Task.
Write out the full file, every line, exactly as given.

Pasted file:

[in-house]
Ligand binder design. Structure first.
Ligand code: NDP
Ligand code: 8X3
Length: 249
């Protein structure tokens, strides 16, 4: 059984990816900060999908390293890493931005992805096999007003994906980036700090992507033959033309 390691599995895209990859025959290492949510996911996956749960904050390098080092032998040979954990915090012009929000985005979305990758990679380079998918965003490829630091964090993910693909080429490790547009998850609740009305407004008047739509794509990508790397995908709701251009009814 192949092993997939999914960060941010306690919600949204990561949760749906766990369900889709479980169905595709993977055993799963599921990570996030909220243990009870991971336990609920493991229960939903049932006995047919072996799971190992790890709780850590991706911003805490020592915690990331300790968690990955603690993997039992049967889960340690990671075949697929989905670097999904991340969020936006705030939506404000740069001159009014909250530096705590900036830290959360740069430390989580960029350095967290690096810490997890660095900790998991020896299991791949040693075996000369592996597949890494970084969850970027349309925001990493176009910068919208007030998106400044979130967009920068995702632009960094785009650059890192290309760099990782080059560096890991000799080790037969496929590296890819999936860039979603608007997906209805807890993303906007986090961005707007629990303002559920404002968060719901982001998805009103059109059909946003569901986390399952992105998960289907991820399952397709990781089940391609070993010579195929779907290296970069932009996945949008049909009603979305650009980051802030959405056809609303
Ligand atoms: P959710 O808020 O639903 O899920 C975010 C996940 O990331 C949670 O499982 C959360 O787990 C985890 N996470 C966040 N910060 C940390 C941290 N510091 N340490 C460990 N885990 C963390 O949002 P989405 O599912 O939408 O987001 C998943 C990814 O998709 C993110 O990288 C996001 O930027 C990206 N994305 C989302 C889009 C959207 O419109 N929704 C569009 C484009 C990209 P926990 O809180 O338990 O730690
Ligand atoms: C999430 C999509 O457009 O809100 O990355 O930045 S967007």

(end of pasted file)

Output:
[in-house]
Ligand binder design. Structure first.
Ligand code: NDP
Ligand code: 8X3
Length: 249
């Protein structure tokens, strides 16, 4: 059984990816900060999908390293890493931005992805096999007003994906980036700090992507033959033309 390691599995895209990859025959290492949510996911996956749960904050390098080092032998040979954990915090012009929000985005979305990758990679380079998918965003490829630091964090993910693909080429490790547009998850609740009305407004008047739509794509990508790397995908709701251009009814 192949092993997939999914960060941010306690919600949204990561949760749906766990369900889709479980169905595709993977055993799963599921990570996030909220243990009870991971336990609920493991229960939903049932006995047919072996799971190992790890709780850590991706911003805490020592915690990331300790968690990955603690993997039992049967889960340690990671075949697929989905670097999904991340969020936006705030939506404000740069001159009014909250530096705590900036830290959360740069430390989580960029350095967290690096810490997890660095900790998991020896299991791949040693075996000369592996597949890494970084969850970027349309925001990493176009910068919208007030998106400044979130967009920068995702632009960094785009650059890192290309760099990782080059560096890991000799080790037969496929590296890819999936860039979603608007997906209805807890993303906007986090961005707007629990303002559920404002968060719901982001998805009103059109059909946003569901986390399952992105998960289907991820399952397709990781089940391609070993010579195929779907290296970069932009996945949008049909009603979305650009980051802030959405056809609303
Ligand atoms: P959710 O808020 O639903 O899920 C975010 C996940 O990331 C949670 O499982 C959360 O787990 C985890 N996470 C966040 N910060 C940390 C941290 N510091 N340490 C460990 N885990 C963390 O949002 P989405 O599912 O939408 O987001 C998943 C990814 O998709 C993110 O990288 C996001 O930027 C990206 N994305 C989302 C889009 C959207 O419109 N929704 C569009 C484009 C990209 P926990 O809180 O338990 O730690
Ligand atoms: C999430 C999509 O457009 O809100 O990355 O930045 S967007």